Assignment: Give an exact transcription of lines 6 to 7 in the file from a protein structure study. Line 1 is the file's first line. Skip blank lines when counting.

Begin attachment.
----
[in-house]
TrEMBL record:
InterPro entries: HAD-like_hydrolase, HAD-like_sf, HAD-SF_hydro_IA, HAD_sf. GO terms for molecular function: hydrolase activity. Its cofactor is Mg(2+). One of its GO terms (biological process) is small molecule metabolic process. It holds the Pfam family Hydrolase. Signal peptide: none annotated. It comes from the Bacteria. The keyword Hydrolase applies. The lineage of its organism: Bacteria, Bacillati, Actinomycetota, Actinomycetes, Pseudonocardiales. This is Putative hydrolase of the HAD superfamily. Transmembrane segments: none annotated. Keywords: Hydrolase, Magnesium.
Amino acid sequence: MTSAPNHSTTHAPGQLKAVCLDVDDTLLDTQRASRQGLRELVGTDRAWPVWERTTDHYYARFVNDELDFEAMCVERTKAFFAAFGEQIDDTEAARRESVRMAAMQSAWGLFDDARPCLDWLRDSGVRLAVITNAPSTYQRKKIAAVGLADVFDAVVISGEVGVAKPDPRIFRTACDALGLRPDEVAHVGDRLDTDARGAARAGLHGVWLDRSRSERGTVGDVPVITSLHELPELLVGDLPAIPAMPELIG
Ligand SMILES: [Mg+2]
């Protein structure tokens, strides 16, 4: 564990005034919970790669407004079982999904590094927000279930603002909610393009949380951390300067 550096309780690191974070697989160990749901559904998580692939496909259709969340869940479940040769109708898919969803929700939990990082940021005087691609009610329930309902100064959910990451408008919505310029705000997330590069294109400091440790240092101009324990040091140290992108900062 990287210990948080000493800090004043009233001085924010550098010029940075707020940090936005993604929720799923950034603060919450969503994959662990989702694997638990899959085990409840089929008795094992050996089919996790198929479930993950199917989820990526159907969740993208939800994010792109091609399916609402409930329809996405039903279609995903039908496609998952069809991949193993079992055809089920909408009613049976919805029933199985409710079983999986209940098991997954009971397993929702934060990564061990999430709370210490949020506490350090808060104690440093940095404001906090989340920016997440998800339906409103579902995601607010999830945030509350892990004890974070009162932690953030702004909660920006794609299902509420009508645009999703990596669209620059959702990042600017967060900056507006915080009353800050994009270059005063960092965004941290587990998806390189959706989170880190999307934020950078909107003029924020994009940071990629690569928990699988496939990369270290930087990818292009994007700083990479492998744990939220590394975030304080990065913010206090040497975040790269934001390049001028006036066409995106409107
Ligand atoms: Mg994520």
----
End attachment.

């Protein structure tokens, strides 16, 4: 564990005034919970790669407004079982999904590094927000279930603002909610393009949380951390300067 550096309780690191974070697989160990749901559904998580692939496909259709969340869940479940040769109708898919969803929700939990990082940021005087691609009610329930309902100064959910990451408008919505310029705000997330590069294109400091440790240092101009324990040091140290992108900062 990287210990948080000493800090004043009233001085924010550098010029940075707020940090936005993604929720799923950034603060919450969503994959662990989702694997638990899959085990409840089929008795094992050996089919996790198929479930993950199917989820990526159907969740993208939800994010792109091609399916609402409930329809996405039903279609995903039908496609998952069809991949193993079992055809089920909408009613049976919805029933199985409710079983999986209940098991997954009971397993929702934060990564061990999430709370210490949020506490350090808060104690440093940095404001906090989340920016997440998800339906409103579902995601607010999830945030509350892990004890974070009162932690953030702004909660920006794609299902509420009508645009999703990596669209620059959702990042600017967060900056507006915080009353800050994009270059005063960092965004941290587990998806390189959706989170880190999307934020950078909107003029924020994009940071990629690569928990699988496939990369270290930087990818292009994007700083990479492998744990939220590394975030304080990065913010206090040497975040790269934001390049001028006036066409995106409107
Ligand atoms: Mg994520």